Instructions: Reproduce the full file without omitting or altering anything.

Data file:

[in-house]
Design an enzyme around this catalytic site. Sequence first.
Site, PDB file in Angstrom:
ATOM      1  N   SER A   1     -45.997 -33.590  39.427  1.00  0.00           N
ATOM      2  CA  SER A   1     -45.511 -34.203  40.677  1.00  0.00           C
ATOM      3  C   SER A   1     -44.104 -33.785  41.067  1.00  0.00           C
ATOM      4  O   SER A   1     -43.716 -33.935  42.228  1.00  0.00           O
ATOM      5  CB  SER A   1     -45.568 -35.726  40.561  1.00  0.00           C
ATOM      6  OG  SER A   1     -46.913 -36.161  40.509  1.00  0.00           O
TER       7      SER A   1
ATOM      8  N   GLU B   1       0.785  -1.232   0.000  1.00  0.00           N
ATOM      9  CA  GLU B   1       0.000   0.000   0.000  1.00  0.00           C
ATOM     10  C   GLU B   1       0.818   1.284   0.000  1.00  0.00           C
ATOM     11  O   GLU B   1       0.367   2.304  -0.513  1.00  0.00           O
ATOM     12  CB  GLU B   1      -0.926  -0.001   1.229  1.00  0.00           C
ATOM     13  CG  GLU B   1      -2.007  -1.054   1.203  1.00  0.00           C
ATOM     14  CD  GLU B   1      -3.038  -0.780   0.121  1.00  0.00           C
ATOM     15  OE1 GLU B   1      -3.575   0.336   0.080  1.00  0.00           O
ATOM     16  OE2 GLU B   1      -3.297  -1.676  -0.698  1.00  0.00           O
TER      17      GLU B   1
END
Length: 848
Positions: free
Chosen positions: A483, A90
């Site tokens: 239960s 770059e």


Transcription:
[in-house]
Design an enzyme around this catalytic site. Sequence first.
Site, PDB file in Angstrom:
ATOM      1  N   SER A   1     -45.997 -33.590  39.427  1.00  0.00           N
ATOM      2  CA  SER A   1     -45.511 -34.203  40.677  1.00  0.00           C
ATOM      3  C   SER A   1     -44.104 -33.785  41.067  1.00  0.00           C
ATOM      4  O   SER A   1     -43.716 -33.935  42.228  1.00  0.00           O
ATOM      5  CB  SER A   1     -45.568 -35.726  40.561  1.00  0.00           C
ATOM      6  OG  SER A   1     -46.913 -36.161  40.509  1.00  0.00           O
TER       7      SER A   1
ATOM      8  N   GLU B   1       0.785  -1.232   0.000  1.00  0.00           N
ATOM      9  CA  GLU B   1       0.000   0.000   0.000  1.00  0.00           C
ATOM     10  C   GLU B   1       0.818   1.284   0.000  1.00  0.00           C
ATOM     11  O   GLU B   1       0.367   2.304  -0.513  1.00  0.00           O
ATOM     12  CB  GLU B   1      -0.926  -0.001   1.229  1.00  0.00           C
ATOM     13  CG  GLU B   1      -2.007  -1.054   1.203  1.00  0.00           C
ATOM     14  CD  GLU B   1      -3.038  -0.780   0.121  1.00  0.00           C
ATOM     15  OE1 GLU B   1      -3.575   0.336   0.080  1.00  0.00           O
ATOM     16  OE2 GLU B   1      -3.297  -1.676  -0.698  1.00  0.00           O
TER      17      GLU B   1
END
Length: 848
Positions: free
Chosen positions: A483, A90
């Site tokens: 239960s 770059e």